She watched Dorian give Morgan a quick kiss before heading off to set up the fireworks show. Most everyone had filled their plates and found a spot, either at a table or on one ofpicnic couple2the quilts. The heat sensitive foods were already being moved inside and desserts were taking their place. She reached over and grabbed a cold kabob of strawberries, melons, and peaches, plucking a ripe Georgia peach from the end and popping it into her mouth. She smiled at the cold sweetness.

She felt Mike Yancy’s hand on her back as he managed two loaded plates with the other.

“Think you got enough food?” she teased.

“One’s for you. I know you won’t eat and I can’t have you wasting away,” he teased bapicnic in the treesck.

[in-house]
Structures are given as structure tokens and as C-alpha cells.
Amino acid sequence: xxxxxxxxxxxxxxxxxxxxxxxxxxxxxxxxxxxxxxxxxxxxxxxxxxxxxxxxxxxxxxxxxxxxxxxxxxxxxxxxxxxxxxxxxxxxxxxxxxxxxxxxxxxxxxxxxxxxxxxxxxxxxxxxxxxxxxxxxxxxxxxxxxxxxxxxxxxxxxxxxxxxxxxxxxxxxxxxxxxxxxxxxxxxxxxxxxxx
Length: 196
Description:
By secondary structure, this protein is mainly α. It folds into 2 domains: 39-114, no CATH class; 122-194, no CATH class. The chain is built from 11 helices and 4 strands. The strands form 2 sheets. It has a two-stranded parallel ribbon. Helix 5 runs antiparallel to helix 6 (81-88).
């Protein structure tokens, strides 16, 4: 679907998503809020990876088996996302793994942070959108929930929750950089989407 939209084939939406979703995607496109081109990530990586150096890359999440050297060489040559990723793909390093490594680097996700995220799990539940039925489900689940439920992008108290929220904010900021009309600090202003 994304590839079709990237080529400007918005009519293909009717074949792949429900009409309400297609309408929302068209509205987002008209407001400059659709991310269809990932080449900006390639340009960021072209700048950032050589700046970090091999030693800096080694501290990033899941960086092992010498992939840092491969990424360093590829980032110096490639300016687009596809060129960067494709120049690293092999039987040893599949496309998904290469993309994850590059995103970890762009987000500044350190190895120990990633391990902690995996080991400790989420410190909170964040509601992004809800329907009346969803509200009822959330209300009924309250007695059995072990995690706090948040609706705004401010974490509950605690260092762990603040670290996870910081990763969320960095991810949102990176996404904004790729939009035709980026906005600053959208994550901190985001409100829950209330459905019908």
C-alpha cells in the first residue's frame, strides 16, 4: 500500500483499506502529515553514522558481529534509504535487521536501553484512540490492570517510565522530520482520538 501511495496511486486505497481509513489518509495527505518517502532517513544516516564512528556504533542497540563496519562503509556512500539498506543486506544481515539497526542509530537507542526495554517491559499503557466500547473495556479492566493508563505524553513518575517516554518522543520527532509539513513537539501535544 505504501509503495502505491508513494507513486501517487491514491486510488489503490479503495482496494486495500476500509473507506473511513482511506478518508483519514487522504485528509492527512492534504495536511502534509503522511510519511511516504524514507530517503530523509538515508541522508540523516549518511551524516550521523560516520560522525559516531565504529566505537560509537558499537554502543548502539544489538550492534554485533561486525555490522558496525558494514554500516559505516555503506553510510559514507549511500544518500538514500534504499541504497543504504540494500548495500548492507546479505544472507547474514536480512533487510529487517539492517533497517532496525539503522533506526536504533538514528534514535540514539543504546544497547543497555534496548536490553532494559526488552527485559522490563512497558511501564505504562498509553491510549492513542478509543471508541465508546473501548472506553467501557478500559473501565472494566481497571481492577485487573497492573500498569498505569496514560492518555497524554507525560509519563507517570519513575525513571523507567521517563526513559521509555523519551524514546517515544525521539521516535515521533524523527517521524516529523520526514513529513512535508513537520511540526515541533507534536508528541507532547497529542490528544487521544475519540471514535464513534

“Stop that,” she chuckled and swatted at him, letting him lead her to their table, set aways off to the side but with a clear view. Tradition had it that for the next few moments, the staff watched the buffet, letting Teresa enjoy a few moments of “down time.” While she and Mike were munching on the final bits of BBQ and discussing the success of the day’s sparklersevents, the lights, strung throughout the trees to illuminate nighttime dining, blinked out, the only light from the sparklers children waved in the air. Within moments, the night sky burst into an explosion of red, blues, and yellows, to gasps and squeals of appreciation . Pinwheels, star-bursts, giant red fireworkchrysanthemums, purple comets, willows, and serpents filled the sky. Oooh’s and aaah’s rose from the crowd as display after display filled the night.